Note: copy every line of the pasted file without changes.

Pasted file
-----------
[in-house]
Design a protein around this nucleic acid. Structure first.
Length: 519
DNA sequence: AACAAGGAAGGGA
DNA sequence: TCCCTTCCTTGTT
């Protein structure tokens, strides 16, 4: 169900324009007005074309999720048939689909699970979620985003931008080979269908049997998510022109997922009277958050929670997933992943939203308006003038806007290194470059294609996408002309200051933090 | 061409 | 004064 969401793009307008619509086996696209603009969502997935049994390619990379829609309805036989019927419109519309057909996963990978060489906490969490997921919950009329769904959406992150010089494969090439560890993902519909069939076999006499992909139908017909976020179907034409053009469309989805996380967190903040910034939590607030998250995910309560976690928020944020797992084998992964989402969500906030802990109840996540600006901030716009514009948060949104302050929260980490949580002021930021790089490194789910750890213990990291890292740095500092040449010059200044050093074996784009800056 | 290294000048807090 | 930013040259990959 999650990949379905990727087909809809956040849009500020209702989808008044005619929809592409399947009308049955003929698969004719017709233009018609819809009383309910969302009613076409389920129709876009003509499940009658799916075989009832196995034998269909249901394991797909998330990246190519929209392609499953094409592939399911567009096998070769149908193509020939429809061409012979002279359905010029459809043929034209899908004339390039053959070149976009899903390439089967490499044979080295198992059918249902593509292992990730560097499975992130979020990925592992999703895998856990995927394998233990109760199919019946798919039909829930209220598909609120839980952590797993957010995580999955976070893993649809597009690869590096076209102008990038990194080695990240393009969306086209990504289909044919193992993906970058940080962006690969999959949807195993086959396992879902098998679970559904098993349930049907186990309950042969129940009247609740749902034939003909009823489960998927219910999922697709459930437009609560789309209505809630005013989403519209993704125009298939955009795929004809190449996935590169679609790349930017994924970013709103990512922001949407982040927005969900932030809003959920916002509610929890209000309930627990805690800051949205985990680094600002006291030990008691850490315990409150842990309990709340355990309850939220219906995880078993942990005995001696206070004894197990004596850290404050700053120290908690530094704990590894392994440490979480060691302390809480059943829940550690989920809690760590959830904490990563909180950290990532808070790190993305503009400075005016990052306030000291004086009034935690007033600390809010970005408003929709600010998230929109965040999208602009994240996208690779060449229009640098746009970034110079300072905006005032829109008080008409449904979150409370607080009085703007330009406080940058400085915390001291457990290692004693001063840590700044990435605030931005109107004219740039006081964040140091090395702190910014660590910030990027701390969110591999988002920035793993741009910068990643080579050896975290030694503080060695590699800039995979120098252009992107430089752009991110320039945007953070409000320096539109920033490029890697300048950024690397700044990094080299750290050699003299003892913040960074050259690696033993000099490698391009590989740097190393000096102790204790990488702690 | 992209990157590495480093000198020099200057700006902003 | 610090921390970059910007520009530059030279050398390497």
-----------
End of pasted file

[in-house]
Design a protein around this nucleic acid. Structure first.
Length: 519
DNA sequence: AACAAGGAAGGGA
DNA sequence: TCCCTTCCTTGTT
């Protein structure tokens, strides 16, 4: 169900324009007005074309999720048939689909699970979620985003931008080979269908049997998510022109997922009277958050929670997933992943939203308006003038806007290194470059294609996408002309200051933090 | 061409 | 004064 969401793009307008619509086996696209603009969502997935049994390619990379829609309805036989019927419109519309057909996963990978060489906490969490997921919950009329769904959406992150010089494969090439560890993902519909069939076999006499992909139908017909976020179907034409053009469309989805996380967190903040910034939590607030998250995910309560976690928020944020797992084998992964989402969500906030802990109840996540600006901030716009514009948060949104302050929260980490949580002021930021790089490194789910750890213990990291890292740095500092040449010059200044050093074996784009800056 | 290294000048807090 | 930013040259990959 999650990949379905990727087909809809956040849009500020209702989808008044005619929809592409399947009308049955003929698969004719017709233009018609819809009383309910969302009613076409389920129709876009003509499940009658799916075989009832196995034998269909249901394991797909998330990246190519929209392609499953094409592939399911567009096998070769149908193509020939429809061409012979002279359905010029459809043929034209899908004339390039053959070149976009899903390439089967490499044979080295198992059918249902593509292992990730560097499975992130979020990925592992999703895998856990995927394998233990109760199919019946798919039909829930209220598909609120839980952590797993957010995580999955976070893993649809597009690869590096076209102008990038990194080695990240393009969306086209990504289909044919193992993906970058940080962006690969999959949807195993086959396992879902098998679970559904098993349930049907186990309950042969129940009247609740749902034939003909009823489960998927219910999922697709459930437009609560789309209505809630005013989403519209993704125009298939955009795929004809190449996935590169679609790349930017994924970013709103990512922001949407982040927005969900932030809003959920916002509610929890209000309930627990805690800051949205985990680094600002006291030990008691850490315990409150842990309990709340355990309850939220219906995880078993942990005995001696206070004894197990004596850290404050700053120290908690530094704990590894392994440490979480060691302390809480059943829940550690989920809690760590959830904490990563909180950290990532808070790190993305503009400075005016990052306030000291004086009034935690007033600390809010970005408003929709600010998230929109965040999208602009994240996208690779060449229009640098746009970034110079300072905006005032829109008080008409449904979150409370607080009085703007330009406080940058400085915390001291457990290692004693001063840590700044990435605030931005109107004219740039006081964040140091090395702190910014660590910030990027701390969110591999988002920035793993741009910068990643080579050896975290030694503080060695590699800039995979120098252009992107430089752009991110320039945007953070409000320096539109920033490029890697300048950024690397700044990094080299750290050699003299003892913040960074050259690696033993000099490698391009590989740097190393000096102790204790990488702690 | 992209990157590495480093000198020099200057700006902003 | 610090921390970059910007520009530059030279050398390497």